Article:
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Downsizing by Dilwitch

Posted by shirleycurran on 30 September 2011

The first obvious feature of Dilwitch’s Downsizing was the gift of word lengths for the original words before we performed a bit of surgery and squeezed them into the grid. That had the numpties feeling very positive towards Dilwitch from the start. Can you imagine what this would have been like without that feature!

Of course, this intriguing device had the great disadvantage that the wordplay rarely led to real words so we really had to do some cold-solving and rack our brains to understand what we were entering.

It was lucky that (as usual) we spotted a long word in the south-east corner. We looked up types of gallery ‘Balcony for serenading girl in chateau (bit of skirt, not wife)’ (14) SINGING GALLERY reduced to SINGALERY. What sort of Don Juan is this Dilwitch? No doubt he was yowling ‘Love Me Do’, or another of those sixties favourites at that bit of skirt, from that balcony – though it wasn’t until we were attempting to understand the wordplay of our very last clue ‘Former teacher of George H – there aren’t many like me (8, two words) RARA AVIS reduced to RAVI S (Ravi Shankar) that we realized that the fab four had all figured in his clues.

There were lots of lovely moments like that; it was spotting WAGGA WAGGA (reduced to WAGA) Comedian with a following, producer of Dame Edna (4) that broke the ‘do-able’ barrier for us – that moment when we have enough clues in place to have confidence that we might manage to finish.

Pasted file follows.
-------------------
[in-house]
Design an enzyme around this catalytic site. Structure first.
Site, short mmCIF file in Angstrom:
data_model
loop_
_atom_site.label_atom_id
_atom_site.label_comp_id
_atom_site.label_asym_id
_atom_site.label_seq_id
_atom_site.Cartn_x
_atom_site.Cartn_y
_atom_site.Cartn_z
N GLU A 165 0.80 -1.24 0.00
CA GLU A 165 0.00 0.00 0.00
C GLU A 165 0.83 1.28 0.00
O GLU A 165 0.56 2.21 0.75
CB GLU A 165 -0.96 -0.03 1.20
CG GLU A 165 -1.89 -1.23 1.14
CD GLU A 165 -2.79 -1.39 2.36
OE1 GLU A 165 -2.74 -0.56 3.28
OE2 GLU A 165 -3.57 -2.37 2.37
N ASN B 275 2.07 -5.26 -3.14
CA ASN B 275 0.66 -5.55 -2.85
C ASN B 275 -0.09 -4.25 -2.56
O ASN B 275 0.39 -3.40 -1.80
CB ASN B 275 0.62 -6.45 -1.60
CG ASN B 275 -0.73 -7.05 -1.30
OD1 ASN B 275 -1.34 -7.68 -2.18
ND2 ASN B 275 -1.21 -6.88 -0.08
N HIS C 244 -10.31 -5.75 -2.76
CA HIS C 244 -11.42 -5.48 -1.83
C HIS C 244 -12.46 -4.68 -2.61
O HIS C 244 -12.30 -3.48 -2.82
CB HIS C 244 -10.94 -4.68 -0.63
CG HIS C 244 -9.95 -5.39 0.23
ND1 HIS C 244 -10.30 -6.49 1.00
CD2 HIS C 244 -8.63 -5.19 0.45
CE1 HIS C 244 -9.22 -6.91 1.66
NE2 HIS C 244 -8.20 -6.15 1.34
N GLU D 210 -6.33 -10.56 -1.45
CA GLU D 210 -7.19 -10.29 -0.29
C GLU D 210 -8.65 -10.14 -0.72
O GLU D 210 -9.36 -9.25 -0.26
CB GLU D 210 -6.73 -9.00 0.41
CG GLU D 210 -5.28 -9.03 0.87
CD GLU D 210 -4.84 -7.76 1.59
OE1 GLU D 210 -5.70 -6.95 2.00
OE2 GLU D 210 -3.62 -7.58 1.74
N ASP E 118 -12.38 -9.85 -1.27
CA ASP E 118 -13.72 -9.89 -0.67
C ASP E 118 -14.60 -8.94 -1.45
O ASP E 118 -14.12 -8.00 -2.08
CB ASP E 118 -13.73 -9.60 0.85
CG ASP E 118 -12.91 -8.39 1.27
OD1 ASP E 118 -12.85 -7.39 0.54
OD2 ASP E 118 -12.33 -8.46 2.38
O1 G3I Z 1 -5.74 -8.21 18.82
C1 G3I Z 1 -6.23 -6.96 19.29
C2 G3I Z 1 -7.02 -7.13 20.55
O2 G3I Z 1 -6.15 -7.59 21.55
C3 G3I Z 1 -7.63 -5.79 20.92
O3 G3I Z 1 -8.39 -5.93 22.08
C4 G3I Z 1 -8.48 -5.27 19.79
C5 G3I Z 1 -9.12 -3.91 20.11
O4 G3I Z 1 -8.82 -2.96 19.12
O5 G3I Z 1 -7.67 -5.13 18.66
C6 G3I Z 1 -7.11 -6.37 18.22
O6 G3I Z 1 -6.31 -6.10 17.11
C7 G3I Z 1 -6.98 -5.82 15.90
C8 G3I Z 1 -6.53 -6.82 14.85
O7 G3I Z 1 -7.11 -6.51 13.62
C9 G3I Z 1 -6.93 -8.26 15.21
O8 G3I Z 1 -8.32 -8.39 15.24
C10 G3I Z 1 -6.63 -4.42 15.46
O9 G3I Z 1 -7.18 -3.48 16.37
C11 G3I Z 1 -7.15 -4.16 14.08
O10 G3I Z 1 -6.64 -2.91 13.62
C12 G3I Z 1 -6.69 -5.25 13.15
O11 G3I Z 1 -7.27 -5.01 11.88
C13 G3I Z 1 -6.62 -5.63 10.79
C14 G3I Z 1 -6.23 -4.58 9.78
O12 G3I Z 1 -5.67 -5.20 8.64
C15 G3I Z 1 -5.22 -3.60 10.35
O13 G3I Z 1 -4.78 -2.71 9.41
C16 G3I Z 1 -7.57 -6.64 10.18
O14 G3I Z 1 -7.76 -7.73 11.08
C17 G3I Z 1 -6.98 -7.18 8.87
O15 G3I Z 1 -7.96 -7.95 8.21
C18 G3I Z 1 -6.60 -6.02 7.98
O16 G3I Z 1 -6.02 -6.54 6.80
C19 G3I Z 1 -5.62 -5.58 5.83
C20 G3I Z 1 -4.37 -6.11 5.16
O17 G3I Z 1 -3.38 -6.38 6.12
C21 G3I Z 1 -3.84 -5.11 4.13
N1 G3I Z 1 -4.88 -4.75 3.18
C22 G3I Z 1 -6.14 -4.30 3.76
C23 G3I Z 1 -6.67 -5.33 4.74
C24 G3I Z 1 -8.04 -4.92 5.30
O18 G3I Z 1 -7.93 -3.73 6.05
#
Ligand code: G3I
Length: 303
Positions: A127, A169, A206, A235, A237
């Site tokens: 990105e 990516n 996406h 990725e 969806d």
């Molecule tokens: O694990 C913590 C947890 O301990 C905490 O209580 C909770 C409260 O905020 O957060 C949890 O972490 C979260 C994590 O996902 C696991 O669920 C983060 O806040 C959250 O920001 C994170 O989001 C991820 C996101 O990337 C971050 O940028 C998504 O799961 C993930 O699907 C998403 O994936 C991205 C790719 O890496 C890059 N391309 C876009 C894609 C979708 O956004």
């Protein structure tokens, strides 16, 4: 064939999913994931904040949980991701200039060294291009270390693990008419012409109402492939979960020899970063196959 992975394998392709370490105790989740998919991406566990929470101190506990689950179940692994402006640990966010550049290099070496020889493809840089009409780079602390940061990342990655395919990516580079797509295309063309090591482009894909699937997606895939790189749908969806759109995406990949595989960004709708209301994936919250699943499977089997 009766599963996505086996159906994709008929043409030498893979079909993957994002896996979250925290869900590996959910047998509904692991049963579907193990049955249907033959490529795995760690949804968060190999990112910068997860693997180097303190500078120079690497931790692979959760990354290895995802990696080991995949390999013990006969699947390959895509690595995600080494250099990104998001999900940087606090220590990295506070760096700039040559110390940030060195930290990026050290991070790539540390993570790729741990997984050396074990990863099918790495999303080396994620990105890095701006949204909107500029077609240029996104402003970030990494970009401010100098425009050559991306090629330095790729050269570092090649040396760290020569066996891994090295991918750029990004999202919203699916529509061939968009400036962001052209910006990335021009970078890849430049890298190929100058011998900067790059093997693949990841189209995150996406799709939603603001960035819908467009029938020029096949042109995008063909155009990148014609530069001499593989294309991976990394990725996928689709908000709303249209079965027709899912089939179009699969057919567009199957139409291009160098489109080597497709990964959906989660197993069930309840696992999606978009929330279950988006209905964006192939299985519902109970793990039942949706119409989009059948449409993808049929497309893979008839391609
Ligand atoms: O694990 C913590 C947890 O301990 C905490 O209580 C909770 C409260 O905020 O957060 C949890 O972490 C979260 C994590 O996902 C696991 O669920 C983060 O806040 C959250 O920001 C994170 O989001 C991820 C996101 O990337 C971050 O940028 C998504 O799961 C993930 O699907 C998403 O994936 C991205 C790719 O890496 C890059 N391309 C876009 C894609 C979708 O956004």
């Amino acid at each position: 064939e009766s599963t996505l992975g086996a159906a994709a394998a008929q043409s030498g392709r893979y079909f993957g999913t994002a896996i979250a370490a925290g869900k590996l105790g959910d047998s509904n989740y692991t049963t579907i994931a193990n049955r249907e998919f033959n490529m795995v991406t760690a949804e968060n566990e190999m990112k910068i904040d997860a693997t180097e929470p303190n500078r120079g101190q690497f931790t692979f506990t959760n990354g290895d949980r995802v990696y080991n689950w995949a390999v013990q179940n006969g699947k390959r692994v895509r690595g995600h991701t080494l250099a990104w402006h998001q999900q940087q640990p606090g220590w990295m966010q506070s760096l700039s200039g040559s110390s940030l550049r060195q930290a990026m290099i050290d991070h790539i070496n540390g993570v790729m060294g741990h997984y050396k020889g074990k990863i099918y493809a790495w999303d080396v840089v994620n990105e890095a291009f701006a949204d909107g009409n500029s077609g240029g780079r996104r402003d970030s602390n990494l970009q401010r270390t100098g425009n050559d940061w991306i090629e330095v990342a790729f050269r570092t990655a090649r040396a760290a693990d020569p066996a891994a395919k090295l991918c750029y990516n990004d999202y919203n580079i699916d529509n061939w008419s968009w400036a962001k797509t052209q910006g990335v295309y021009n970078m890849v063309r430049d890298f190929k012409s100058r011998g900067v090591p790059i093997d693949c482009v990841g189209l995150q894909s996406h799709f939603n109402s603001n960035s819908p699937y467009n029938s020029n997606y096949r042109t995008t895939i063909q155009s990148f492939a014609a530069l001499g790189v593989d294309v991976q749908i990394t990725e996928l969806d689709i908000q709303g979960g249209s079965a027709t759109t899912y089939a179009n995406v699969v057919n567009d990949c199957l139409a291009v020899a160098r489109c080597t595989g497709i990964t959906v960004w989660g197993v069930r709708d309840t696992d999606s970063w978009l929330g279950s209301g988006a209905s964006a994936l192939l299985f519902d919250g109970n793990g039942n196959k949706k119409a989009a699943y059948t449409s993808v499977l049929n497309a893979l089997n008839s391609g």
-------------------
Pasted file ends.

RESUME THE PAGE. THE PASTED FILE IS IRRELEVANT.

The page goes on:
The grid fill was steady and enjoyable with more moments of delight, like 1ac Letters getting lost in paper press (11, two words) What a superb surface reading to tell us that  we have an anagram of LETTERS in the FT to give us FLEET STREET.

I was rather bothered by RATTON leading to RAT ON with the clue ‘Grass up? Why ‘up’? A friend has wondered why simply the word GRASS was not used. It would have been one of those classic Listener clues. NO NONSENSE leading to NONSE held us up too – what a clever find.

All in all though, this was great fun and earned our admiration. What joy it must have been for Dilwitch when he managed to fit his last word in and every single one had been compressed. Lovely stuff! Thank you, Dilwitch.

3 Responses to “Downsizing by Dilwitch”

  1. David Rotheray said


  2. shirleycurran said

    Aah, thanks!

  3. nuoli said

    RATON was the only one I couldn’t satisfactorily parse either, and had assumed we were compressing RATTON rather than RATOON.

    I agree with you, Shirley: what a feat to have been able to complete the whole grid with words that could be compressed! I wonder how long he was collecting such words? Is there any compiling software that can be programmed to generate a list of such words? Some of the compressions were almost outrageous in their scale, especially WAGGA WAGGA to WAGA.

    For some of the more obscure vocabulary, I did find myself searching Chambers for words that doubled one of the checked letters in the grid, which would have been like looking for a needle in a haystack had the length of the uncompressed entries not been given each time, as you point out. I don’t think I could have completed the puzzle without that.

    I hadn’t noticed that all of the Fab Four had been mentioned, but I did spot a rather higher than usual number of clues with an Australian connection.

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